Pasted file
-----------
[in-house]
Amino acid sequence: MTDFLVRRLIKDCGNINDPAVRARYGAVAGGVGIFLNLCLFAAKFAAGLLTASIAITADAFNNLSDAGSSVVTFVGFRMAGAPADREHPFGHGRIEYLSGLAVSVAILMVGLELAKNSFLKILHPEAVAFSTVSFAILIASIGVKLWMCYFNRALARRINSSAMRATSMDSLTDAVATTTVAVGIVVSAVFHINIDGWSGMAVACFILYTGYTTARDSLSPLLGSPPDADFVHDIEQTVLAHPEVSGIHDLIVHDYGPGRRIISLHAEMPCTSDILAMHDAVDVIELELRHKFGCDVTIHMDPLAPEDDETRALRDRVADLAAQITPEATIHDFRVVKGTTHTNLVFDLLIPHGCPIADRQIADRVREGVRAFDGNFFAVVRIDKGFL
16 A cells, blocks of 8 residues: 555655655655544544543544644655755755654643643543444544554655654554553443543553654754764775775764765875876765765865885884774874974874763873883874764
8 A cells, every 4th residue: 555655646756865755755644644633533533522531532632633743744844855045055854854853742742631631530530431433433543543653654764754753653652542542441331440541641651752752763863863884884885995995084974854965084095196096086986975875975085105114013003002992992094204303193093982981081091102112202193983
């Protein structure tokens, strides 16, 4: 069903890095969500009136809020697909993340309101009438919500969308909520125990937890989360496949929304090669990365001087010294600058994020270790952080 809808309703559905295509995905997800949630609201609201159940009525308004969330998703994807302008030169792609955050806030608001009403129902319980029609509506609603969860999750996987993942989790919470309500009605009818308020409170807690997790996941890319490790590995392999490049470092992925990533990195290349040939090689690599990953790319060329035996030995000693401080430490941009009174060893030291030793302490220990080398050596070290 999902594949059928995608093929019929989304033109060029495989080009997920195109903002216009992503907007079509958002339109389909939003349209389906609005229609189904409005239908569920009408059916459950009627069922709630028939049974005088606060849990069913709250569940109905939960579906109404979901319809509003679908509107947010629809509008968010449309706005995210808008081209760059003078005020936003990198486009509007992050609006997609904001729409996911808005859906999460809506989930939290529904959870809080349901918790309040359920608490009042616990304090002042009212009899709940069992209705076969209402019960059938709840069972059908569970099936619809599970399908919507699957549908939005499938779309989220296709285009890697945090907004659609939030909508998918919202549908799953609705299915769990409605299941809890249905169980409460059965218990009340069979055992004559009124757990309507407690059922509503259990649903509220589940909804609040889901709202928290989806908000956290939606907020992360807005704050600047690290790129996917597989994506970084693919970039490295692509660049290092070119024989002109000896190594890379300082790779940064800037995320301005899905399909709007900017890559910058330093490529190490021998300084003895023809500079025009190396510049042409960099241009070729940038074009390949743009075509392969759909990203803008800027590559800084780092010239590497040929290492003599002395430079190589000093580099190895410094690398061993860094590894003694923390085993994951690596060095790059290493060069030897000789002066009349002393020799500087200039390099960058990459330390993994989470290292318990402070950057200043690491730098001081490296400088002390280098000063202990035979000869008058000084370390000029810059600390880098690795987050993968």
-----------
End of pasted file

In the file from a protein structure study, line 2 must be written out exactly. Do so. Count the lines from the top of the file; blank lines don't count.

Amino acid sequence: MTDFLVRRLIKDCGNINDPAVRARYGAVAGGVGIFLNLCLFAAKFAAGLLTASIAITADAFNNLSDAGSSVVTFVGFRMAGAPADREHPFGHGRIEYLSGLAVSVAILMVGLELAKNSFLKILHPEAVAFSTVSFAILIASIGVKLWMCYFNRALARRINSSAMRATSMDSLTDAVATTTVAVGIVVSAVFHINIDGWSGMAVACFILYTGYTTARDSLSPLLGSPPDADFVHDIEQTVLAHPEVSGIHDLIVHDYGPGRRIISLHAEMPCTSDILAMHDAVDVIELELRHKFGCDVTIHMDPLAPEDDETRALRDRVADLAAQITPEATIHDFRVVKGTTHTNLVFDLLIPHGCPIADRQIADRVREGVRAFDGNFFAVVRIDKGFL